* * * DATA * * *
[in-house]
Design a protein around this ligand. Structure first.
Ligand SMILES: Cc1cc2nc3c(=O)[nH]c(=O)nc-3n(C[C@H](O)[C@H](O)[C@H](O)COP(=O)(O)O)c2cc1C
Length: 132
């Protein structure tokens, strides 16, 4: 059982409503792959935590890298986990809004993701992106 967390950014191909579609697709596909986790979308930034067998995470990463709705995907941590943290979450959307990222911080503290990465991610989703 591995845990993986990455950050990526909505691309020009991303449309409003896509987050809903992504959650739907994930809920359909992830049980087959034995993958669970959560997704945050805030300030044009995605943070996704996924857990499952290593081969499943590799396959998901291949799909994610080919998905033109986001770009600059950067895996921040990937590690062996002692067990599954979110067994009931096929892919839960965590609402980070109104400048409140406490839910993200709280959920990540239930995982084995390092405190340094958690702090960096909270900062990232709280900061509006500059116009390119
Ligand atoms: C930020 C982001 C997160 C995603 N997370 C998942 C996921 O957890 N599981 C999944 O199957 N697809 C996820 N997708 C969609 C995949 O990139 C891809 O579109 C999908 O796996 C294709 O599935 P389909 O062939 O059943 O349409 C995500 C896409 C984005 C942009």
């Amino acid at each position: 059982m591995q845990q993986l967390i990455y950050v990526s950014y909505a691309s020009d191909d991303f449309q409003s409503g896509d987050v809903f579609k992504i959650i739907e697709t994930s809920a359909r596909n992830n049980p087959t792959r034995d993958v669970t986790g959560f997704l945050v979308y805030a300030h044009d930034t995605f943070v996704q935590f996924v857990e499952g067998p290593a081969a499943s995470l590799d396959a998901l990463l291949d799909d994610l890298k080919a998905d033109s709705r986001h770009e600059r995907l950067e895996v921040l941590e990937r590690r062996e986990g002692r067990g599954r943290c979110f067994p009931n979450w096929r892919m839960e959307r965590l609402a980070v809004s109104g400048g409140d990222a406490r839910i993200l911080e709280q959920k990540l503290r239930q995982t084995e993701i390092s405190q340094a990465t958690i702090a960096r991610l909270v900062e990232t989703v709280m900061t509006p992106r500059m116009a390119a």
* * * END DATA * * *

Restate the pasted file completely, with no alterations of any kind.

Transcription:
[in-house]
Design a protein around this ligand. Structure first.
Ligand SMILES: Cc1cc2nc3c(=O)[nH]c(=O)nc-3n(C[C@H](O)[C@H](O)[C@H](O)COP(=O)(O)O)c2cc1C
Length: 132
């Protein structure tokens, strides 16, 4: 059982409503792959935590890298986990809004993701992106 967390950014191909579609697709596909986790979308930034067998995470990463709705995907941590943290979450959307990222911080503290990465991610989703 591995845990993986990455950050990526909505691309020009991303449309409003896509987050809903992504959650739907994930809920359909992830049980087959034995993958669970959560997704945050805030300030044009995605943070996704996924857990499952290593081969499943590799396959998901291949799909994610080919998905033109986001770009600059950067895996921040990937590690062996002692067990599954979110067994009931096929892919839960965590609402980070109104400048409140406490839910993200709280959920990540239930995982084995390092405190340094958690702090960096909270900062990232709280900061509006500059116009390119
Ligand atoms: C930020 C982001 C997160 C995603 N997370 C998942 C996921 O957890 N599981 C999944 O199957 N697809 C996820 N997708 C969609 C995949 O990139 C891809 O579109 C999908 O796996 C294709 O599935 P389909 O062939 O059943 O349409 C995500 C896409 C984005 C942009």
């Amino acid at each position: 059982m591995q845990q993986l967390i990455y950050v990526s950014y909505a691309s020009d191909d991303f449309q409003s409503g896509d987050v809903f579609k992504i959650i739907e697709t994930s809920a359909r596909n992830n049980p087959t792959r034995d993958v669970t986790g959560f997704l945050v979308y805030a300030h044009d930034t995605f943070v996704q935590f996924v857990e499952g067998p290593a081969a499943s995470l590799d396959a998901l990463l291949d799909d994610l890298k080919a998905d033109s709705r986001h770009e600059r995907l950067e895996v921040l941590e990937r590690r062996e986990g002692r067990g599954r943290c979110f067994p009931n979450w096929r892919m839960e959307r965590l609402a980070v809004s109104g400048g409140d990222a406490r839910i993200l911080e709280q959920k990540l503290r239930q995982t084995e993701i390092s405190q340094a990465t958690i702090a960096r991610l909270v900062e990232t989703v709280m900061t509006p992106r500059m116009a390119a």